dplyr (v0.4.3) formats rename differently.... df <- rename(df, samples = foo) – Agriculturist May 20 '16 at 19:19
30

I think the best way of renaming columns is by using the dplyr package like this:

require(dplyr)
df = rename(df, new_col01 = old_col01, new_col02 = old_col02, ...)

It works the same for renaming one or many columns in any dataset.

10

I like the next style for rename dataframe column names one by one.

colnames(df)[which(colnames(df) == 'old_colname')] <- 'new_colname'

where

which(colnames(df) == 'old_colname')

returns by the index of the specific column.

  • 1
    +1 for giving the user a chance to use the actual old name :) – user1685185 Jan 27 '14 at 15:13
  • 1
    What is here the difference compared to @zongshiwujie 's solution? – buhtz Aug 24 '16 at 6:48
  • which() is not necessary. – sindri_baldur Aug 10 '18 at 11:16
9

I find that the most convenient way to rename a single column is using dplyr::rename_at :

library(dplyr)
cars %>% rename_at("speed",~"new") %>% head     
cars %>% rename_at(vars(speed),~"new") %>% head
cars %>% rename_at(1,~"new") %>% head

#   new dist
# 1   4    2
# 2   4   10
# 3   7    4
# 4   7   22
# 5   8   16
# 6   9   10
  • works well in pipe chaines
  • convenient when names are stored in variables
  • works with a name or an column index
  • clear and compact
5

You can use the rename.vars in the gdata package.

library(gdata)
df <- rename.vars(df, from = "oldname", to = "newname")

This is particularly useful where you have more than one variable name to change or you want to append or pre-pend some text to the variable names, then you can do something like:

df <- rename.vars(df, from = c("old1", "old2", "old3", 
         to = c("new1", "new2", "new3"))

For an example of appending text to a subset of variables names see: https://stackoverflow.com/a/28870000/180892

  • This is the easiest, thanks. Had issues with the dplyr package. – DannyB Oct 2 '17 at 20:18
4

Try:

colnames(x)[2] <- 'newname2'
  • 8
    This is what threw the error that OP asked about (in his edit). It won't work, as the dataframe only has one column. – user399470 Sep 23 '11 at 22:05
  • .@NPE - This doesn't seem to work if the column name is something like "A,B,C,X,Y,Z" where I want to rename it to Y using testData[379] <- "Y". – Chetan Arvind Patil Jan 17 at 16:10
4

This is likely already out there, but I was playing with renaming fields while searching out a solution and tried this on a whim. Worked for my purposes.

Table1$FieldNewName <- Table1$FieldOldName
Table1$FieldOldName <- NULL

Edit begins here....

This works as well.

df <- rename(df, c("oldColName" = "newColName"))
  • To whoever marked me down, that is fine, but since I am obviously new to doing this, perhaps you could enlighten as to what was wrong with the answer. – Scottieie Feb 2 '17 at 2:56
  • There's nothing wrong with your answer, besides it not being a oneliner.. that was just a hostile SO user not having the courage to justify his tantrum. – count0 Mar 10 '17 at 19:12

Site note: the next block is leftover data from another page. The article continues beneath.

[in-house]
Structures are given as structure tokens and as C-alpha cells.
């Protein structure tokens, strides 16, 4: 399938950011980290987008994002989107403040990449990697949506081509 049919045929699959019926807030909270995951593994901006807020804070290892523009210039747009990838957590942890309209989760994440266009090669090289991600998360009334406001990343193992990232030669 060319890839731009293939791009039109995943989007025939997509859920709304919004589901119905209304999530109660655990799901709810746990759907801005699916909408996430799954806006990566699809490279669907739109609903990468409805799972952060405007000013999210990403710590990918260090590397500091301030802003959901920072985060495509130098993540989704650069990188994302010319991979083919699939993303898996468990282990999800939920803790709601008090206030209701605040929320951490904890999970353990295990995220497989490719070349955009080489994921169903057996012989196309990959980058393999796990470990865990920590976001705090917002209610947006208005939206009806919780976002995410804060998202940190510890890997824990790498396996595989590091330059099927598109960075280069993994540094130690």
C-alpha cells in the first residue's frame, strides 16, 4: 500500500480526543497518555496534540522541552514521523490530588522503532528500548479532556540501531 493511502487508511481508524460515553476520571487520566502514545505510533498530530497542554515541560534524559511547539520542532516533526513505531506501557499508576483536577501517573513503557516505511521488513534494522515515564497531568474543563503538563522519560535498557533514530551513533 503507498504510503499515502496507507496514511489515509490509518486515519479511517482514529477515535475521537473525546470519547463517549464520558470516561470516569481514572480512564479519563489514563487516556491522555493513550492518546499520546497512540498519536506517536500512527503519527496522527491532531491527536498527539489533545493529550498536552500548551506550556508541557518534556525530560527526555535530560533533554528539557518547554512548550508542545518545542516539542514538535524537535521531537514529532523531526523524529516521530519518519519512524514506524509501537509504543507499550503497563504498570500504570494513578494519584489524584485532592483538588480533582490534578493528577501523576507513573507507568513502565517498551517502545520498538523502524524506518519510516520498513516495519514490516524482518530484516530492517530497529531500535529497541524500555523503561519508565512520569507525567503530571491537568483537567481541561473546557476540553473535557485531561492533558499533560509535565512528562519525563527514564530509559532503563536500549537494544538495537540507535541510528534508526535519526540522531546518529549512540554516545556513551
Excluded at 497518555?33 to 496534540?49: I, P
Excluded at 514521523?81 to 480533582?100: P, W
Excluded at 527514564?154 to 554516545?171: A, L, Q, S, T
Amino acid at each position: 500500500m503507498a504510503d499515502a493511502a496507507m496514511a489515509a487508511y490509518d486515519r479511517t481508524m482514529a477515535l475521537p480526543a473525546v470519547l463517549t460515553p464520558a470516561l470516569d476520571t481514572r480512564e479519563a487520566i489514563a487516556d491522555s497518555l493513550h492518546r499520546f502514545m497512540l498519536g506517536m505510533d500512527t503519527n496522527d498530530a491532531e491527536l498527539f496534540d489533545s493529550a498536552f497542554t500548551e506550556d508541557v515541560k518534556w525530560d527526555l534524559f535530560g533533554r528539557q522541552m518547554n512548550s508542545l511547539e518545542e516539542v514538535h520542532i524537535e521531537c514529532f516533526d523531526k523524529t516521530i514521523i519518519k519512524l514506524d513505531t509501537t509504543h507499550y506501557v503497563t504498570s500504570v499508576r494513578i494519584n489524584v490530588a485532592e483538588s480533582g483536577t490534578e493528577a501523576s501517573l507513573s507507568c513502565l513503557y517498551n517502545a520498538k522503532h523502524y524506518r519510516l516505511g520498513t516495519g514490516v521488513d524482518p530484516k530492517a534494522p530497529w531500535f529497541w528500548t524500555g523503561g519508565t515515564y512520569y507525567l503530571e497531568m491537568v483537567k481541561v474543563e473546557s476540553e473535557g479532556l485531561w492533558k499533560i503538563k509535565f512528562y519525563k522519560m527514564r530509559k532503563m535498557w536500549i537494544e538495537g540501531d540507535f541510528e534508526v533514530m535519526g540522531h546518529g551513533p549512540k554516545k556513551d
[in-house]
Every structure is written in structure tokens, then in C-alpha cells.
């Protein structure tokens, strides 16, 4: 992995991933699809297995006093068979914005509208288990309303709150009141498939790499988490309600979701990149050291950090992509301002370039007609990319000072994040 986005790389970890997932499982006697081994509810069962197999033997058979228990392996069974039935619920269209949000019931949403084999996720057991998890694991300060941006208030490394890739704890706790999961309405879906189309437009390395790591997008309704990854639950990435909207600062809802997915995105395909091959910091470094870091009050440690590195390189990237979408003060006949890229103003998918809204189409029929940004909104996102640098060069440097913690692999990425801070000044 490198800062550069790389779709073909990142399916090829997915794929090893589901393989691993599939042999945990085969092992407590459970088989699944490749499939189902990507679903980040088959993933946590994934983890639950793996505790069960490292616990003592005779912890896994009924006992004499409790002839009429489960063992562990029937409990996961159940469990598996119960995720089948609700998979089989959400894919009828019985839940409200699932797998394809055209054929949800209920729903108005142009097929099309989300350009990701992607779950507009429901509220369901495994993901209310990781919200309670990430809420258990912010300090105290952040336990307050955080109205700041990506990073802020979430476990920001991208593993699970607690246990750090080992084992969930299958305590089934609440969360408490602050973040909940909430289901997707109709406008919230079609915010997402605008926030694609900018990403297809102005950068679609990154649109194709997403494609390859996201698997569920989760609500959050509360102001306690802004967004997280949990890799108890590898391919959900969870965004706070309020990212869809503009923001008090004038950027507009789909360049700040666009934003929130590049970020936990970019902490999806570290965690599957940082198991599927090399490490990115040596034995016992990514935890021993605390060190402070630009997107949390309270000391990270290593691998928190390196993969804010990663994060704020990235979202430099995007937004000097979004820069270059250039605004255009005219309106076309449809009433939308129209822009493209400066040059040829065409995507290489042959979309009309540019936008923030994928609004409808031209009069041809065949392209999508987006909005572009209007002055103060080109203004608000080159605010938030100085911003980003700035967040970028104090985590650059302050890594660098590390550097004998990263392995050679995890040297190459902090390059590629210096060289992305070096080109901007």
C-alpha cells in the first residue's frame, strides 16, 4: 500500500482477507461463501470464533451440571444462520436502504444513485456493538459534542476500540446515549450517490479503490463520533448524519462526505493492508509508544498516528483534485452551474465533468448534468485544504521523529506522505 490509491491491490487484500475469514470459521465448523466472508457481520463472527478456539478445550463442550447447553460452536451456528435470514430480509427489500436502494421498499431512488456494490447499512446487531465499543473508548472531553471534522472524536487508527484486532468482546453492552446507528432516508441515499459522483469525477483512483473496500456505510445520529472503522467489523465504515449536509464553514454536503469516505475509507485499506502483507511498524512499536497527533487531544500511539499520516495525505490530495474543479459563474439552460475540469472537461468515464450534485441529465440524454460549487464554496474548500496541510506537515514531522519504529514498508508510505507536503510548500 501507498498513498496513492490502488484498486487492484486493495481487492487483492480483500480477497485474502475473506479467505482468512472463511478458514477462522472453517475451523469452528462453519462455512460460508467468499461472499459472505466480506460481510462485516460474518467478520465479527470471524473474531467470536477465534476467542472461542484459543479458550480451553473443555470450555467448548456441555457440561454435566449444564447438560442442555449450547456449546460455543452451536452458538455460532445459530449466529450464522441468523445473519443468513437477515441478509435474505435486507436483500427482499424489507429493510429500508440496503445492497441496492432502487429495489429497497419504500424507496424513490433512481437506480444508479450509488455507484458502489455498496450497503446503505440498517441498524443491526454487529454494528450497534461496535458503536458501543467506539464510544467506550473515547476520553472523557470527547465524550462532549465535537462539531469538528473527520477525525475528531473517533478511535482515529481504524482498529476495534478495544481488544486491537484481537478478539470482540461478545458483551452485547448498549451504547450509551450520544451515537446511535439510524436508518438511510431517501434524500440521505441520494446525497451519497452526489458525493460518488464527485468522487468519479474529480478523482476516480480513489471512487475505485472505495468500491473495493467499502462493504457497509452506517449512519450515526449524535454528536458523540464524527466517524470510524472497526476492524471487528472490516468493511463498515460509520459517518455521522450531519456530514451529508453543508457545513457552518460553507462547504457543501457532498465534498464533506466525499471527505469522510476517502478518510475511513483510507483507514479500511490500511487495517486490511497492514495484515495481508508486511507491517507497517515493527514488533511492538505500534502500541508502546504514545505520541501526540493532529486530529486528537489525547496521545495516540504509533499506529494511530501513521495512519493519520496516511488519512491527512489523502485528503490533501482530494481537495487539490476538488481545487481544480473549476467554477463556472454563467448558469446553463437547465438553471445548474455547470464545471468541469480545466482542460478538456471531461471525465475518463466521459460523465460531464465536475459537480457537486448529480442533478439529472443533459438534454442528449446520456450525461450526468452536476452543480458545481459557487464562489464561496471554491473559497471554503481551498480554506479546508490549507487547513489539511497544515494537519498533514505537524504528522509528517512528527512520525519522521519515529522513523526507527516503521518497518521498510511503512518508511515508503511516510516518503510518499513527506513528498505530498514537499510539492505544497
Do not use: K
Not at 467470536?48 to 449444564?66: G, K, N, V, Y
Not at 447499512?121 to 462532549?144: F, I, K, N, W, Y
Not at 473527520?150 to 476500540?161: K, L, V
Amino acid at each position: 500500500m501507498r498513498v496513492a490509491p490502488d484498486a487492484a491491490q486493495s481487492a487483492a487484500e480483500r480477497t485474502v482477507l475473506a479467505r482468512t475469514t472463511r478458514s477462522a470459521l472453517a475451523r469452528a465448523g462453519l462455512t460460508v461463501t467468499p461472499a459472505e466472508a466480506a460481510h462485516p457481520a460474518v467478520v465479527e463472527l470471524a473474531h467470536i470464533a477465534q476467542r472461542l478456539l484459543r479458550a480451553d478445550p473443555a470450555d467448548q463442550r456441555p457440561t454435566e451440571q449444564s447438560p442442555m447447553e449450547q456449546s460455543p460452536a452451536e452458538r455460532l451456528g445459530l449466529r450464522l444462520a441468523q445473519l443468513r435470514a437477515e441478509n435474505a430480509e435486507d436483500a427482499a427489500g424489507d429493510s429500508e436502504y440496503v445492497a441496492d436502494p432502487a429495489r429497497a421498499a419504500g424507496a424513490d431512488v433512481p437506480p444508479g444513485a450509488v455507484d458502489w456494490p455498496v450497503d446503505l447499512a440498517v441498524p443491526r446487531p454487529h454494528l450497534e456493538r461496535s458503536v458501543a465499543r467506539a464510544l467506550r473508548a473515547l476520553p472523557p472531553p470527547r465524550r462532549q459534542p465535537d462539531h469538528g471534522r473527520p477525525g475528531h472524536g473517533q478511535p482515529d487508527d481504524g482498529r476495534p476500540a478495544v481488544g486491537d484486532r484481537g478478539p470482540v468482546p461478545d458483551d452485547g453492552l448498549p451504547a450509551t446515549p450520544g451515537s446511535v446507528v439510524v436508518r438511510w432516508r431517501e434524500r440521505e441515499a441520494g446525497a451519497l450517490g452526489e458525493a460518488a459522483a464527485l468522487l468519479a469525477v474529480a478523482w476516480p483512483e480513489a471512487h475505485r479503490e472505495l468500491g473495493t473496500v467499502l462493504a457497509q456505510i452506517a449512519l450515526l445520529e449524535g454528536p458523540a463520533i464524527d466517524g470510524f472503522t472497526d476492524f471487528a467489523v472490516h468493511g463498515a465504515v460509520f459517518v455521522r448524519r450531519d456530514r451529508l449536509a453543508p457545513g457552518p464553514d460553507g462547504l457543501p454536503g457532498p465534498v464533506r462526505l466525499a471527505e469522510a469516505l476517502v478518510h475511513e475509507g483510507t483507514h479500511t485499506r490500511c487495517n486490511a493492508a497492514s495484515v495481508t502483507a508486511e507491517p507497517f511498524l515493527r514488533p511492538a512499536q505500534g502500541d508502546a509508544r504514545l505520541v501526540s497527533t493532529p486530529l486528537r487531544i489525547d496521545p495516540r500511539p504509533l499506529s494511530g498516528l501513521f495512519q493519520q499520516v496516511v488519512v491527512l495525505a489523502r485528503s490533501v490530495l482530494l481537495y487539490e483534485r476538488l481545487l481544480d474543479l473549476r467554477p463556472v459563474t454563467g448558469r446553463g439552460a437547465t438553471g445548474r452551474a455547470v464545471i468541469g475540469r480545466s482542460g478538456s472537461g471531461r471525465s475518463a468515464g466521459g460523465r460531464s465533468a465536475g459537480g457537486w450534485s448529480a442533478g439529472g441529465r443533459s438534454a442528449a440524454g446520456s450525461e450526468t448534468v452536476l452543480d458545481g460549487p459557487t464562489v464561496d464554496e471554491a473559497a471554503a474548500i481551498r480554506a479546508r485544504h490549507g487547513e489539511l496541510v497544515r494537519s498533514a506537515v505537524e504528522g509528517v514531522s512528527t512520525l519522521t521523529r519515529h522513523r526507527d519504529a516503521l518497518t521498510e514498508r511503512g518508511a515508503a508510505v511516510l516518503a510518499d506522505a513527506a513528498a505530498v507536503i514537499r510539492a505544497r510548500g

• Thanks @count0. It actually is meaningful to have some mana points or whatever to comment on a question, something I have been yet to be able to do. Follow up questions in some cases would be nice as I learn a new skillset. Again. TY. – Scottieie Mar 11 '17 at 21:12
  • 1
    we need to give all columns name to use this. – Arpit Sisodia Apr 2 '17 at 8:47
3

You could also try 'upData' from 'Hmisc' package.

library(Hmisc)

trSamp = upData(trSamp, rename=c(sample.trainer.index..10000. = 'newname2'))

  • Very nice! It's is also possible to rename more columns at once: trSamp = upData(trSamp, rename=c(sample.trainer.index..10000. = 'newname2, AnotherColumnName = 'RenameThisColumn')) – FraNut Jul 7 '16 at 13:11
2

If you know that your dataframe has only one column, you can use: names(trSamp) <- "newname2"

-1

I would simply add a new column to the data frame with the name I want and get the data for it from the existing column. like this:

dataf$value=dataf$Article1Order

then I remove the old column! like this:

dataf$Article1Order<-NULL

This code might seem silly! But it works perfectly...

-1

The OP's question has been well and truly answered. However, here's a trick that may be useful in some situations: partial matching of the column name, irrespective of its position in a dataframe:

Partial matching on the name:

d <- data.frame(name1 = NA, Reported.Cases..WHO..2011. = NA, name3 = NA)
##   name1 Reported.Cases..WHO..2011. name3
## 1    NA                         NA    NA
names(d)[grepl("Reported", names(d))] <- "name2"
##   name1 name2 name3
## 1    NA    NA    NA

Another example: partial matching on the presence of "punctuation":

d <- data.frame(name1 = NA, Reported.Cases..WHO..2011. = NA, name3 = NA)
##   name1 Reported.Cases..WHO..2011. name3
## 1    NA                         NA    NA
names(d)[grepl("[[:punct:]]", names(d))] <- "name2"
##   name1 name2 name3
## 1    NA    NA    NA

These were examples I had to deal with today, I thought might be worth sharing.

-1

I would simply change a column name to the dataset with the new name I want with the following code: names(dataset)[index_value] <- "new_col_name"

-1
library(dplyr)
rename(data, de=de.y)
  • Care to add a bit of why this helps OP's problem? – Guillaume Racicot Jul 24 at 13:30